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Can You Challenge a Vacated Removal Order?

By Robyn Hagan Cain | Last updated on

It's hard -- nearly impossible, in fact -- to win an immigration appeal if you're not appealing the correct removal order.

Nadeisha Lotha Fuller was admitted to the United States in 1992. In 2003, an immigration judge ordered Fuller removed on the ground that she had been convicted of an aggravated felony. Fuller asked the Board of Immigration Appeals (BIA) to reconsider that order. The BIA granted Fuller's motion, vacated the order of removal, and issued a new final order of removal.

By the time Fuller's attorney learned about the new order, the 30-day deadline to petition for review of the new order had passed, so Fuller petitioned the Second Circuit to review the older order. Her argument? The BIA's subsequent order left the reasoning of the prior order intact and vacated it in name only.

The Second Circuit disagreed, stating that the order granting Fuller's motion to reconsider both vacated and materially altered her prior order of removal.

(While the appellate court held that Fuller's petition was moot because the court couldn't provide effective relief from a removal order that had already been vacated, it declined to address whether a petition for review of a vacated order would present a live case or controversy if the order granting reconsideration and vacating the prior order left the reasoning of the prior order substantially intact.)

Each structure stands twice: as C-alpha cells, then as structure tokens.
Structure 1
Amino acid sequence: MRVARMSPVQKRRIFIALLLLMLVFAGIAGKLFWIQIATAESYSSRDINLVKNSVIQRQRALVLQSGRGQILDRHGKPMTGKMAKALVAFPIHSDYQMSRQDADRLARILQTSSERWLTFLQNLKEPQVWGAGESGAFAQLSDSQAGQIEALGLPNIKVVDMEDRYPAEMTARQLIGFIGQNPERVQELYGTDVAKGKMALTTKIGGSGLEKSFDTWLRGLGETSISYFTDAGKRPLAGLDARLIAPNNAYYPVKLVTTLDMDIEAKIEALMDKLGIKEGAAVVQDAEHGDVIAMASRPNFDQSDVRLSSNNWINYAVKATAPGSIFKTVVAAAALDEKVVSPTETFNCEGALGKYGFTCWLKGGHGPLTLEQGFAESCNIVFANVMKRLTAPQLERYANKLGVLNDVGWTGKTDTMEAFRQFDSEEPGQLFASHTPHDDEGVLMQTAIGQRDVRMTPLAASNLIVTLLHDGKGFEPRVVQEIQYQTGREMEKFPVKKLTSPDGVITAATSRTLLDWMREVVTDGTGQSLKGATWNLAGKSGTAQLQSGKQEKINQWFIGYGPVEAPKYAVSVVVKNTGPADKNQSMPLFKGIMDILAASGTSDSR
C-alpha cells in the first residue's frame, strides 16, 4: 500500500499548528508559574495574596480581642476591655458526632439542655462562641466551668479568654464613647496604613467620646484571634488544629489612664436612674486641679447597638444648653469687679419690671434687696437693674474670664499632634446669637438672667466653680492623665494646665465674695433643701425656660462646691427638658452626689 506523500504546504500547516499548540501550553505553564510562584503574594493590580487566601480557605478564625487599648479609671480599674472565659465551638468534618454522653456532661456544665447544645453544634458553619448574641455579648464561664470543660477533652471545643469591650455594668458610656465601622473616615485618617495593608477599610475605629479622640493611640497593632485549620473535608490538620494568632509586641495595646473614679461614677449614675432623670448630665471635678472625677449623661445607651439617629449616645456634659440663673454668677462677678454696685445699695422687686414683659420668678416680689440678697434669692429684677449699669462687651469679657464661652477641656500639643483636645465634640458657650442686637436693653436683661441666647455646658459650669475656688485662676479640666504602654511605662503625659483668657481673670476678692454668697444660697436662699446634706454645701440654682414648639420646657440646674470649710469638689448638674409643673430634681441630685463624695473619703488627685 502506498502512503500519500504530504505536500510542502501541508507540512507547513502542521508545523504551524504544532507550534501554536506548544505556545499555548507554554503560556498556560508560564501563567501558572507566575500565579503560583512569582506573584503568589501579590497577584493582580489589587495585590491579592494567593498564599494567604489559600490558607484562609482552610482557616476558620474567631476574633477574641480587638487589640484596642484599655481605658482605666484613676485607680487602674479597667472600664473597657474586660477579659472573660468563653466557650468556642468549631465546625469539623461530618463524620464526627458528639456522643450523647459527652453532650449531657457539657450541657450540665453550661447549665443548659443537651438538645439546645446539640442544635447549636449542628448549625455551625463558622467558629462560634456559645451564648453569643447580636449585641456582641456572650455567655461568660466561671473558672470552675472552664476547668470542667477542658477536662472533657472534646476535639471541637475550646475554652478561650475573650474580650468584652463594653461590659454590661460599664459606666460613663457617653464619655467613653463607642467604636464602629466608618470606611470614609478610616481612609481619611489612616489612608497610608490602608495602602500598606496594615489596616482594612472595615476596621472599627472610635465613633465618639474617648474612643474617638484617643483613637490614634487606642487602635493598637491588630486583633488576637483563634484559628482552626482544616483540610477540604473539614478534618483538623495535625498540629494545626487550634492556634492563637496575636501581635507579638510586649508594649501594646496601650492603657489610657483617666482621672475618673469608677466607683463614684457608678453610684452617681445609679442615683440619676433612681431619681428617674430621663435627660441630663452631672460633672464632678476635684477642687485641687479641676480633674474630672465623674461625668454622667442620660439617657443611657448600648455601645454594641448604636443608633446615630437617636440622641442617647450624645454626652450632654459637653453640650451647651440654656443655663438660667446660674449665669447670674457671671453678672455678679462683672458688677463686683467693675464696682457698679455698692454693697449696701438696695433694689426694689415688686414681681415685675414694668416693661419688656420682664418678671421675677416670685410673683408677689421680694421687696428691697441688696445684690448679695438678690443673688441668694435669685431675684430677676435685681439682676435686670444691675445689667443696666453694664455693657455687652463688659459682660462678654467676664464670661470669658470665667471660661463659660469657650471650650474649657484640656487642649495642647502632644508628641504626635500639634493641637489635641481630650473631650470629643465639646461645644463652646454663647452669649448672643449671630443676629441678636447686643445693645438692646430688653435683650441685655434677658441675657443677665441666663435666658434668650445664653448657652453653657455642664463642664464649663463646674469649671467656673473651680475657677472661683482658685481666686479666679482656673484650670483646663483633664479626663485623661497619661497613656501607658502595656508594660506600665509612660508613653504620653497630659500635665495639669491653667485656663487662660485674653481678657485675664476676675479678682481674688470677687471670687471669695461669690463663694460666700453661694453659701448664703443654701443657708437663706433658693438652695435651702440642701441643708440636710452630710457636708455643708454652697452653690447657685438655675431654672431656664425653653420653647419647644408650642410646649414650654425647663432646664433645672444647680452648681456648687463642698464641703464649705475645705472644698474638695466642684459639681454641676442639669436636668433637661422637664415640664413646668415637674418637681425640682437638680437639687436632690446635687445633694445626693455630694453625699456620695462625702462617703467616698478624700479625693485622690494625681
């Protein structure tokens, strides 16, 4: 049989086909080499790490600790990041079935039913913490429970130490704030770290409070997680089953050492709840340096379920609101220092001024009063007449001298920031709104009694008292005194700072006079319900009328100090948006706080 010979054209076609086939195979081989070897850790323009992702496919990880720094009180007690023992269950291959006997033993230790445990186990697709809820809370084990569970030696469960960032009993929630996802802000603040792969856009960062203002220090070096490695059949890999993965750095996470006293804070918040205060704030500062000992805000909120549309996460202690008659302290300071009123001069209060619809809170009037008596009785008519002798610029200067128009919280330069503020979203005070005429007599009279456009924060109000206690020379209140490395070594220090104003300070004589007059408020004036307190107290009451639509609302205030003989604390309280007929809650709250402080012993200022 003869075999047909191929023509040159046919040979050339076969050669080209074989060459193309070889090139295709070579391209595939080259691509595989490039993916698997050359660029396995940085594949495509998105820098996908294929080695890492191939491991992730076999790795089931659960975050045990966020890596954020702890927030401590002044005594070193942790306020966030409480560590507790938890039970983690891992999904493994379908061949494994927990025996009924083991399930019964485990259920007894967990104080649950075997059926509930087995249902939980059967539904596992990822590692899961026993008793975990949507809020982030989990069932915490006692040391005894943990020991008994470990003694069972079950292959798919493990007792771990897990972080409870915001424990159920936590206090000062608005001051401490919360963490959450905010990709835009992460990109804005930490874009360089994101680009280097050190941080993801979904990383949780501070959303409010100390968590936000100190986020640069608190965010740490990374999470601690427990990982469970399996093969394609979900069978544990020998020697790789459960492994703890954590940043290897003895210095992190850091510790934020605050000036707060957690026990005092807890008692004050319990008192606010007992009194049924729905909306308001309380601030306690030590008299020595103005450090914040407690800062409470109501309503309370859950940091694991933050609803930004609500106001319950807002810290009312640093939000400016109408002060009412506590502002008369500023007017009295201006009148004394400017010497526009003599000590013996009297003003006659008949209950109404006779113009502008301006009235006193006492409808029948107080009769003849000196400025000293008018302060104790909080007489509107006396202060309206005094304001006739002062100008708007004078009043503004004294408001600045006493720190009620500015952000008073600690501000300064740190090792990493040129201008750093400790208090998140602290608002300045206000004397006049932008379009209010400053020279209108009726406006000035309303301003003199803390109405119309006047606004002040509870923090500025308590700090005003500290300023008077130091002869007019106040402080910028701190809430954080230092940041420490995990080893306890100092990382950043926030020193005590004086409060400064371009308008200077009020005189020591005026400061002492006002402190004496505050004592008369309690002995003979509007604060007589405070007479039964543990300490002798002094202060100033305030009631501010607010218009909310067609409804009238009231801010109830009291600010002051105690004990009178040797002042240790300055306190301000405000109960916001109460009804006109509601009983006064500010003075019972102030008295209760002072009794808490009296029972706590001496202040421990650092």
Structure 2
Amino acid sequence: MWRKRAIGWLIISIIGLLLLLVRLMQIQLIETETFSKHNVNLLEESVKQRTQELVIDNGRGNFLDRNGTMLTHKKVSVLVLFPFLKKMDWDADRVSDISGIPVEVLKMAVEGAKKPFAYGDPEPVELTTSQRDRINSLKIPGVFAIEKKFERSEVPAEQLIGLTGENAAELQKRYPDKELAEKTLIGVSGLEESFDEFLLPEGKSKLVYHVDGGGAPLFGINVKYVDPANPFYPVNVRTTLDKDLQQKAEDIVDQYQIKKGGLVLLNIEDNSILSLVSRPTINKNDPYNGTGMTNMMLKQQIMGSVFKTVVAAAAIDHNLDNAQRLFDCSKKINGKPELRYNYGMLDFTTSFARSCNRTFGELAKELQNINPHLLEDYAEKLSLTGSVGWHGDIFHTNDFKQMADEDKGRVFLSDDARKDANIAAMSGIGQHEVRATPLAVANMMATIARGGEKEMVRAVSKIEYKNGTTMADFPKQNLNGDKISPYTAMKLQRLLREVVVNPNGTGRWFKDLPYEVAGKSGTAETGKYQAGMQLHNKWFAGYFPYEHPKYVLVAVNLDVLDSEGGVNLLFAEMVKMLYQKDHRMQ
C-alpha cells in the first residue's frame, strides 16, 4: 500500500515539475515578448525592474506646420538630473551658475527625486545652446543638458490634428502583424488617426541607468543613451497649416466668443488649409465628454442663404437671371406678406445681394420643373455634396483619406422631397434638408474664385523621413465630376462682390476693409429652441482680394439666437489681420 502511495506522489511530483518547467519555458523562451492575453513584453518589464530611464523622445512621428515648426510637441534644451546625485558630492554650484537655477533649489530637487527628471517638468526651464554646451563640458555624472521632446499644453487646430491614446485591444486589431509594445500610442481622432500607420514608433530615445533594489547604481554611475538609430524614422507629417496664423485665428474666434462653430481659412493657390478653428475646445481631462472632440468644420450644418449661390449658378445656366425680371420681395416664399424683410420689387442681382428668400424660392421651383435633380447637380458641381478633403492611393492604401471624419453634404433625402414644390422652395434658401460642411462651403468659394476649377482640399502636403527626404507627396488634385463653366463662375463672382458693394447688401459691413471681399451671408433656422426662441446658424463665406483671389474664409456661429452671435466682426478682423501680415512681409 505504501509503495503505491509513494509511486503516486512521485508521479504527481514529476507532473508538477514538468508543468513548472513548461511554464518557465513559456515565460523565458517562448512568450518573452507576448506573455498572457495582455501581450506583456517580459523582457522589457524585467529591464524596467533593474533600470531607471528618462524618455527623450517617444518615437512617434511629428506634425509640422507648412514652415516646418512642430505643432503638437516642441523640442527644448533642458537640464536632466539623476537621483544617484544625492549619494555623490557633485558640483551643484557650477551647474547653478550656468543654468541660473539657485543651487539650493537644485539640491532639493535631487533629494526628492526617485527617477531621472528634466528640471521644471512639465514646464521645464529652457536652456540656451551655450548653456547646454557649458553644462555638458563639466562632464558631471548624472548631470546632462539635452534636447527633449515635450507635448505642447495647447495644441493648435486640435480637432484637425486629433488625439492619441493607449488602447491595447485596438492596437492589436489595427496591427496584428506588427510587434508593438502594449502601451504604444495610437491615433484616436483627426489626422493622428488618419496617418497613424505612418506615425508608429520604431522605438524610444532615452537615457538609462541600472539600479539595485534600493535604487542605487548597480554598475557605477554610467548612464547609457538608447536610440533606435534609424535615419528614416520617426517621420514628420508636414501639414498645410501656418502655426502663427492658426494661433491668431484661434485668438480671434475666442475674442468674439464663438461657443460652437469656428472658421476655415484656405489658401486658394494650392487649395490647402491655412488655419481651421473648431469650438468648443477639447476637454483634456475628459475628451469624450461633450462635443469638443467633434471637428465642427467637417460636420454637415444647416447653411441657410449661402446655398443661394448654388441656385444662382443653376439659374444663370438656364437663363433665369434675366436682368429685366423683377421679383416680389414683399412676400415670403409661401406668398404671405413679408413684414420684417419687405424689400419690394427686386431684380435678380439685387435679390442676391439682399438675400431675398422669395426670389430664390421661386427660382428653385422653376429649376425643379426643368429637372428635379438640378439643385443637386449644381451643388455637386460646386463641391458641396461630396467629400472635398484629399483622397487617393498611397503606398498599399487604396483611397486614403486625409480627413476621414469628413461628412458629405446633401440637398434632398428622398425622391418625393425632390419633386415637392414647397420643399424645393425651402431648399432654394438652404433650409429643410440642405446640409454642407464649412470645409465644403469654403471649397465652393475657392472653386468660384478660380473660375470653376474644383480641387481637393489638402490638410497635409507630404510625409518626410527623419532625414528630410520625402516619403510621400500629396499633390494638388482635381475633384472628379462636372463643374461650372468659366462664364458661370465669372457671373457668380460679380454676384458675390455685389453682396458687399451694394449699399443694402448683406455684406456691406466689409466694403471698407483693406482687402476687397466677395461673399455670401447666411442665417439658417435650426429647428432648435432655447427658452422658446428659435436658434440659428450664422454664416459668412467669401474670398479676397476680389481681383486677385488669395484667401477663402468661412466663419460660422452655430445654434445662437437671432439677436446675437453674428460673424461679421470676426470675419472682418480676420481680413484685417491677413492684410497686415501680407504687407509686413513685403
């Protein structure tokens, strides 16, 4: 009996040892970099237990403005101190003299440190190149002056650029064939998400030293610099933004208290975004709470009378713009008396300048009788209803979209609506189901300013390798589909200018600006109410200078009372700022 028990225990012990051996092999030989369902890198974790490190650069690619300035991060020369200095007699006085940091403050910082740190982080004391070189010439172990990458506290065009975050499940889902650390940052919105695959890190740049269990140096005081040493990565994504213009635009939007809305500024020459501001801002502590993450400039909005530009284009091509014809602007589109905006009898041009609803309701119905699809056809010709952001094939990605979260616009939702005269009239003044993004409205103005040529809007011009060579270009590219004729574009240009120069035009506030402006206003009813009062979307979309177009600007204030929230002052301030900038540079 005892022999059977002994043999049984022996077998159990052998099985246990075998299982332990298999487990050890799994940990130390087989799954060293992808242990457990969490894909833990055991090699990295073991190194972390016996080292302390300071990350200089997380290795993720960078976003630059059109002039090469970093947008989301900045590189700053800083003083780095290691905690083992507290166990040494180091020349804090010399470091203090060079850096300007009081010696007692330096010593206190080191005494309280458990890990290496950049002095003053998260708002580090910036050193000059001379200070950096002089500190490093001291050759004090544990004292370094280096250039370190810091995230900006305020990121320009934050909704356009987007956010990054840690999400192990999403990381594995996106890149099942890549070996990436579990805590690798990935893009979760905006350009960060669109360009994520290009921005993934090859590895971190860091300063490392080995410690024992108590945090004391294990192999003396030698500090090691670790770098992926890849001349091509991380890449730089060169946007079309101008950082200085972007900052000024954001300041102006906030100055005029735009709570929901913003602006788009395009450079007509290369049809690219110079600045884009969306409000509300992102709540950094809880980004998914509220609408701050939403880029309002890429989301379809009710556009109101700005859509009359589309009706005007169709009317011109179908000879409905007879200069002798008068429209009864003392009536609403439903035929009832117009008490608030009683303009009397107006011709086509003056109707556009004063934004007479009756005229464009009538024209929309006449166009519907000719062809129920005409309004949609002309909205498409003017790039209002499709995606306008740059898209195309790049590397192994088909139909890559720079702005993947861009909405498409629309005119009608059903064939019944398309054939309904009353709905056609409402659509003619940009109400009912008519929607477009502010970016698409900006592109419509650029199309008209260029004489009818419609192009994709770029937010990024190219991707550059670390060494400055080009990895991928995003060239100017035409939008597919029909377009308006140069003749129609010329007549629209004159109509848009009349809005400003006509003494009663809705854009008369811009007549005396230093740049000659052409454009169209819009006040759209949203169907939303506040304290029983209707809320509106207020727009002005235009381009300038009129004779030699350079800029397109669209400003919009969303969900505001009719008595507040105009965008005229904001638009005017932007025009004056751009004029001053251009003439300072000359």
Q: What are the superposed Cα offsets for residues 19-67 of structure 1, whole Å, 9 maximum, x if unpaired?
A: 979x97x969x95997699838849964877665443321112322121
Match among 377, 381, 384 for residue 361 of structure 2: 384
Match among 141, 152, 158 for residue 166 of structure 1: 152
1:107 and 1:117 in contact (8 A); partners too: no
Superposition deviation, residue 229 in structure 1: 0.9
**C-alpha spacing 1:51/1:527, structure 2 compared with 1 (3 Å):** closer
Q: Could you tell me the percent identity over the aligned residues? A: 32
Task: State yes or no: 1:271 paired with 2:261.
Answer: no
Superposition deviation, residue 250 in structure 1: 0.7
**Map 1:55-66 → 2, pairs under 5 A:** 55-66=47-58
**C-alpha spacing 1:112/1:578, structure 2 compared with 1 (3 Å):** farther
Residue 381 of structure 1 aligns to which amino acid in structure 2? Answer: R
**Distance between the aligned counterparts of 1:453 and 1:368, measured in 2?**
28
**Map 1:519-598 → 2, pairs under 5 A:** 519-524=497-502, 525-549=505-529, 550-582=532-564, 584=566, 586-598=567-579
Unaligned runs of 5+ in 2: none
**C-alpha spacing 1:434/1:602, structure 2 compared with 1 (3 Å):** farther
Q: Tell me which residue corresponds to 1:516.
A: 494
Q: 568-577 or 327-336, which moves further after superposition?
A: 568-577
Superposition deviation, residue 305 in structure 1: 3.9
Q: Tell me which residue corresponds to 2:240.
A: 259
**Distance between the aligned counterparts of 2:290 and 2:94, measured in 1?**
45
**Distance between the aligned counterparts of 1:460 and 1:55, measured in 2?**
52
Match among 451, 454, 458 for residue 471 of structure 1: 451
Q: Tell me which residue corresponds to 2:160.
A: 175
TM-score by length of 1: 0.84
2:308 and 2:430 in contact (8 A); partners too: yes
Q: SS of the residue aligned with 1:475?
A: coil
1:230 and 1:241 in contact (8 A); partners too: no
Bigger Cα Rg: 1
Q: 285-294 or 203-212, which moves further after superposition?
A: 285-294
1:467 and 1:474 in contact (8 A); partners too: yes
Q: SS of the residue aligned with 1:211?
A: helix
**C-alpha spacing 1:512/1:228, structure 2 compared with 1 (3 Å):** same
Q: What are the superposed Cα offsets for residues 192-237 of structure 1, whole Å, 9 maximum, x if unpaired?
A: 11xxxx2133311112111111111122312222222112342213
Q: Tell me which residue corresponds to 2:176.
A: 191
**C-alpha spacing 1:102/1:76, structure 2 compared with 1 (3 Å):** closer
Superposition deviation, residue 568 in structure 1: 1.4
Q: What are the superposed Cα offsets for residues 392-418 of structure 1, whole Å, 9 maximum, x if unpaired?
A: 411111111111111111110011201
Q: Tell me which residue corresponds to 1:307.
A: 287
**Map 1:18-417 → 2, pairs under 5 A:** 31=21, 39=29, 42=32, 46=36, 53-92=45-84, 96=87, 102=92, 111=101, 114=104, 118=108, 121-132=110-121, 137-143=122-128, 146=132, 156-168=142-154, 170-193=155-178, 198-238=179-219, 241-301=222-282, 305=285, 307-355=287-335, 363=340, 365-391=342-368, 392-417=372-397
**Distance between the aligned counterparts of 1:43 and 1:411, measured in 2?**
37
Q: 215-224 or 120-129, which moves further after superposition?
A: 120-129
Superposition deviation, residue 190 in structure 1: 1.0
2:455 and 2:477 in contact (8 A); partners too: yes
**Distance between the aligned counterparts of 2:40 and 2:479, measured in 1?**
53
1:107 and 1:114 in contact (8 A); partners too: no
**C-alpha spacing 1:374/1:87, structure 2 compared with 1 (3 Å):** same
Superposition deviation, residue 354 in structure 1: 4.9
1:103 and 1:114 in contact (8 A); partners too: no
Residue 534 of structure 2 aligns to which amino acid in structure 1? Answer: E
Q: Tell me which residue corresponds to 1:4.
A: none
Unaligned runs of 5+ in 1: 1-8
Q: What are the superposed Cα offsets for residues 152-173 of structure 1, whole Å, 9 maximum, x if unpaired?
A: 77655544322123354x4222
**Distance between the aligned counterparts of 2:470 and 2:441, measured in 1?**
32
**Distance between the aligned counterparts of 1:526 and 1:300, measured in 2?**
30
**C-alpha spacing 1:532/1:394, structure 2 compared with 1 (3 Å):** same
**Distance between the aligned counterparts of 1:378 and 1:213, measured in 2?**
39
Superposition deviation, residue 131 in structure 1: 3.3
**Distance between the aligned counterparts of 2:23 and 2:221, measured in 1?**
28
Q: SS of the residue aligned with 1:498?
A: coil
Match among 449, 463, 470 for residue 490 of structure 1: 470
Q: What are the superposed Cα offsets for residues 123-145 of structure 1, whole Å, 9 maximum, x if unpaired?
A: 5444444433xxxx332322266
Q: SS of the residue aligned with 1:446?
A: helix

A petitioner may concurrently file a petition for review of a final order and move the BIA to reconsider that same order. The BIA's disposition of a motion to reconsider is a new final order; to seek review of that order, the petitioner must file a new petition for review.

Filing a motion to reconsider a final order does not affect the justiciability of a pending petition for review of that order, nor does the BIA's denial of a motion to reconsider. Neither the Supreme Court nor Second Circuit, however, had addressed the effect, if any, of the BIA's grant of a motion to reconsider on the finality of the underlying order.

Instead of statutory finality, the appellate court concluded that the proper doctrine to determine the justiciability of a vacated order is that of mootness. Here, the court found that it could not grant Fuller relief from the 2008 Order because that order had been vacated by the express language of the 2009 Order. Thus, the issue was moot.

Though Fuller lost her appeal, the court noted that she is not without recourse; while the vacated order is unreviewable, Fuller could obtain review on reconsideration if she succeeds in moving the BIA to reissue that decision.

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